Translating commitment to sustainable development into practical action and delivering to the bottom line? Tall order, holy grail, latest stock market fad or missed opportunity?
The key to unlocking the potential of sustainable development, is encapsulated in the jargon ‘stakeholder dialogue’. While currently the watchword of corporate social reporting, there is much confusion over what it really means. In Article 13’s experience, participation and dialogue can help a company to understand what society expects from it, underpinning its licence to operate.
By stakeholders we mean groups affected by a company’s actions, including employees, customers, communities, suppliers, NGOs and the environment. By dialogue we mean getting the people in those stakeholder groups, including representatives of the environment, together to identify the issues and measures relevant to them. It is this process that is known as stakeholder dialogue.
Before and beyond market research Although many of the techniques used in stakeholder dialogue come from market research the two should not be confused. Traditional research aims to understand reactions to concepts developed within the company, usually with a set of pre-determined questions. Dialogue at its most fundamental is a participatory approach that encapsulates both the technique used and the fact that the objective is to get people really talking to each other as individuals. It obviously implies two-way communication – both listening as well as talking, but, more importantly, it is about stepping back from implicit assumptions and functional positions.
With traditional research, managers start by identifying the issues they want to investigate. Dialogue is about asking what the questions should be. It goes beyond the way things get done in a company and what the company believes in to discover what matters to all the stakeholders and to get them involved in identifying the way things can be changed.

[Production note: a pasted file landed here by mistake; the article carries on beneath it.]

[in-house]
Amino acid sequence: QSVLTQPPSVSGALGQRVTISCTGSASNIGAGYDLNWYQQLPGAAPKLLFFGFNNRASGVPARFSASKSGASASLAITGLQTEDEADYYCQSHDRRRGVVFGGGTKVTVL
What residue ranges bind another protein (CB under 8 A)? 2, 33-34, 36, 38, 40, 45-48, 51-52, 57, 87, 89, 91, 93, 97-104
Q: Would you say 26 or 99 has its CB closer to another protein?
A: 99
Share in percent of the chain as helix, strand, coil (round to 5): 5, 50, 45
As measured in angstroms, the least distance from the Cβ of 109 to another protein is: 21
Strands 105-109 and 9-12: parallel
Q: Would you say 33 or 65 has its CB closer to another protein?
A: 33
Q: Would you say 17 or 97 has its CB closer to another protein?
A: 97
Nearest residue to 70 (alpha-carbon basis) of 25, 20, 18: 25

Delivery to the bottom line – making value tangible The delivery to the bottom line and to competitive advantage then becomes clear. At its most basic this approach can act as an ongoing scanning system for risks leading to quantifiable risk reduction. It reveals the linkages between all the elements of sustainable development including the economic factors enabling an organisation to build a practical blue print for a sustainable future.
At its best it can help organisations and their stakeholders to develop programmes that turn obligation into opportunity through making a potentially huge list of issues practical and relevant. The ultimate delivery to the bottom line is more than cost savings and risk reduction. It also comes through staff attraction, motivation, shared values, development of a listening culture and enhanced corporate reputation.
It has been said that the world has moved from a ‘trust me’ culture where stakeholders placed implicit and explicit faith in corporations acting in their best interests, to a ‘tell me and show me’ culture in which stakeholders want reassurance that organisations will do what is morally right (Sustainability/UNEP 1999: 5). Stakeholder dialogue and participation can be the key to unlocking the opportunities inherent in the emerging ‘involve me’ culture and turning it practically into competitive advantage.